Will we ever get a trinitarian exegesis of John 10:34–36?

I’ve searched up, I’ve searched down, I’ve looked all over Steven Hay’s post, and I still found no Exegesis of John 10:34–36. I have asked so many times; 3 posts ago I made sure to only comment on the distractions in a comment, so that we could focus on the actual text in question—yet Steven jumped on the distractions and ignored the text. 2 posts ago I ignored the distractions, commenting only on a few side issues to focus on the actual text in question—he still refused to exegetes the text. 1 post ago I ignored everything except for John 10:34–36 and John 10:30, putting a special emphasis on John 10:34–36 and begging him to give a coherent exegesis that accounts for the text in its context. He still hasn’t done it. He certainly has posted responses; he’s brought up all kinds of arguments against my refutation of his reading of John 10:30, but all he’s really said about Verses 34–35 (which was the entire point of this incredibly exasperating exchange) is that it is, some how, an a fortiori, without explaining what the argument actually is and how it makes sense of the text in the context of Jesus responding to a charge.

I’ve given my reading, it’s straight forward and simple and accounts for what the text actually says within the context of a response to a charge. Steve Hays has given none. Instead he engages in machine gun apologetics (something I’ve talked about before) where instead of dealing with the issue he throws out a bunch of other arguments as a distraction—this is not an honest way to debate. I will not be distracted, if Steve Hays wants to talk about other things we can do that later—but now, what Steve Hays need to do, what the entire point of this correspondence is, is to give a coherent exegesis of John 10:34–36 that makes sense of the text in its context. If Steven Hays does not do that, we can be safe to assume it is because he cannot do that, because that text contradicts his theology. When he does that then we can move on to other things. So here is my Exegesis:

“Jesus answered, “Is it not written in your law, ‘I said, you are gods’?”

Citing Psalms 82 where beings, which are not Yahweh, are called gods.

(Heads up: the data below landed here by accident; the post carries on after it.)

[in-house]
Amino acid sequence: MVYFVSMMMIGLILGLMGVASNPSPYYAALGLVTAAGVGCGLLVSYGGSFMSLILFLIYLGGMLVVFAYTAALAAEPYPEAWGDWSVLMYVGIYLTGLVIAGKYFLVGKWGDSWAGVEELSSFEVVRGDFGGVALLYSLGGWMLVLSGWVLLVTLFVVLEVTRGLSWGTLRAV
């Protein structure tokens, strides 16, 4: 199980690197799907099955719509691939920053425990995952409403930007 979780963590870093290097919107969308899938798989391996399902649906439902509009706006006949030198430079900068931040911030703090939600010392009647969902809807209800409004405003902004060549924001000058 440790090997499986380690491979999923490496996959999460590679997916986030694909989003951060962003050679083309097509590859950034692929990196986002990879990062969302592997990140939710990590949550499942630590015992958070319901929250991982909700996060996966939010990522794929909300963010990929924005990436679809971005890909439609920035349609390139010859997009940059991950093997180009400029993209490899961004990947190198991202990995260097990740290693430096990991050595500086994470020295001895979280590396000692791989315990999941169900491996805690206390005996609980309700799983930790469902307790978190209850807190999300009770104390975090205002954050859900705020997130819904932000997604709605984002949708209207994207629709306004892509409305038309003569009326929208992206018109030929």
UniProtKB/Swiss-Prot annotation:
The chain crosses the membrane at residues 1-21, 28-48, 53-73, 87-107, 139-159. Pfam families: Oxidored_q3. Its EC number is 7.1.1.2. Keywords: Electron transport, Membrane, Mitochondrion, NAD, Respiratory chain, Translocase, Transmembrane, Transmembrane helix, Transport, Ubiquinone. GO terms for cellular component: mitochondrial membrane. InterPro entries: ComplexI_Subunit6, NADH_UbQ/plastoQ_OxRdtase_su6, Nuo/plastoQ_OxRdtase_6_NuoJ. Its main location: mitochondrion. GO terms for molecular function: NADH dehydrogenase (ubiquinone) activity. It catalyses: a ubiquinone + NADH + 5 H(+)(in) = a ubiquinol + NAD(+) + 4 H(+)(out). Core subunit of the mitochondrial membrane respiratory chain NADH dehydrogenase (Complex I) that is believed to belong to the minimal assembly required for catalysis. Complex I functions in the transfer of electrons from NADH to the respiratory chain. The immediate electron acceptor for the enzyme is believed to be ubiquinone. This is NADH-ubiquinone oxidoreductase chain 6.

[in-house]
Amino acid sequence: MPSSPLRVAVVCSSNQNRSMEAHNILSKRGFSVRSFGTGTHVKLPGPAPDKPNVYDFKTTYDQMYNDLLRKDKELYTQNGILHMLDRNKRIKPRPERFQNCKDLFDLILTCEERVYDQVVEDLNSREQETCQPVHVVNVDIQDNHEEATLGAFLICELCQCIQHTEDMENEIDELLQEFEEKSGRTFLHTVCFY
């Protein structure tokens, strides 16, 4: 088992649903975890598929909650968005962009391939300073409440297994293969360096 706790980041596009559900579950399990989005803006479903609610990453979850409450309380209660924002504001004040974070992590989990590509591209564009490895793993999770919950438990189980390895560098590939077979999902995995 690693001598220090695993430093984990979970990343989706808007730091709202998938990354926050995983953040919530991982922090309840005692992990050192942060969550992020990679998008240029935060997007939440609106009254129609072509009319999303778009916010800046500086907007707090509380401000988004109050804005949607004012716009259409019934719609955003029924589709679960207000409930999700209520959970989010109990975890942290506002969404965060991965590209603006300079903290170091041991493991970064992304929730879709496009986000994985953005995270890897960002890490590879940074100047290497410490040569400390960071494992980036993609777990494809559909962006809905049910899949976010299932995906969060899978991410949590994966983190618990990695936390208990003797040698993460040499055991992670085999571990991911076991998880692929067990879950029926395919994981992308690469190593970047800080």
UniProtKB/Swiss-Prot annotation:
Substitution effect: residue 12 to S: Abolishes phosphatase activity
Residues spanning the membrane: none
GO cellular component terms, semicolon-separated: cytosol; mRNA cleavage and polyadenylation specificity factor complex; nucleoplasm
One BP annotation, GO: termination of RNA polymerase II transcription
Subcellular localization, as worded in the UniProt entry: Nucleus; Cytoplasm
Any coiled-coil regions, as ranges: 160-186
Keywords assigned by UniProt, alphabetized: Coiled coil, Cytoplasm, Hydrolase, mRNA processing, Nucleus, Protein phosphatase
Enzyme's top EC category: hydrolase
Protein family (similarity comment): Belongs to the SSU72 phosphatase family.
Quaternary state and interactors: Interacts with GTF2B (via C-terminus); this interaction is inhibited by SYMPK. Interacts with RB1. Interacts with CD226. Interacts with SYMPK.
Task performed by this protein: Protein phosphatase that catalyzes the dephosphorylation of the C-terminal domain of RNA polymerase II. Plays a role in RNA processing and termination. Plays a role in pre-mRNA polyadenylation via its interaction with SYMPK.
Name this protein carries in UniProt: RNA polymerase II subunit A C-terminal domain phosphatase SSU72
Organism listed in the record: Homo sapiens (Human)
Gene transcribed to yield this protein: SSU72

If those to whom the word of God came were called ‘gods’—and the scripture cannot be annulled— can you say that the one whom the Father has sanctified and sent into the world is blaspheming because I said, ‘I am God’s Son’?

The argument here  is clearly that given that these beings are called gods, and they were called “god” by Yahweh, and the word of God came (ἐγένετο—it’s the aorist tense, meaning this happened in the past—ALL the major translations translate that term as “came”, you’re right the aorist isn’t automatically past tense, but it usually is, and in this case it definately is) to them—how can we say that Jesus blasphemed since he Calls himself God’s Son and since he was sanctified and sent into the world.

He goes on to say that they should actually look at his Works.

The Logic of the argument is coherant, and it answers the claim perfectly. What’s your exegesis … we don’t want distractions, we don’t want side arguments, we want a coherent exegesis that actually acconts for the text.

Will we ever get a trinitarian exegesis of John 10:34–36?

One thought on “Will we ever get a trinitarian exegesis of John 10:34–36?

  1. The oneness Jesus is talking is the unity we should also have with Jesus as well with God, but that would not make us to be God like so many say that would be a proof that Jesus is God.

    As Christians we should have the same God as Jesus, the God of Israel, Who is Only One True God above all gods. In Christendom we can find so called Christians who worship a three-headed god, but in Christianity there is no place for such false teaching of a Trinity.

    The Bible tells clearly that there is only One True God and that Jesus is His sent one and God His son.


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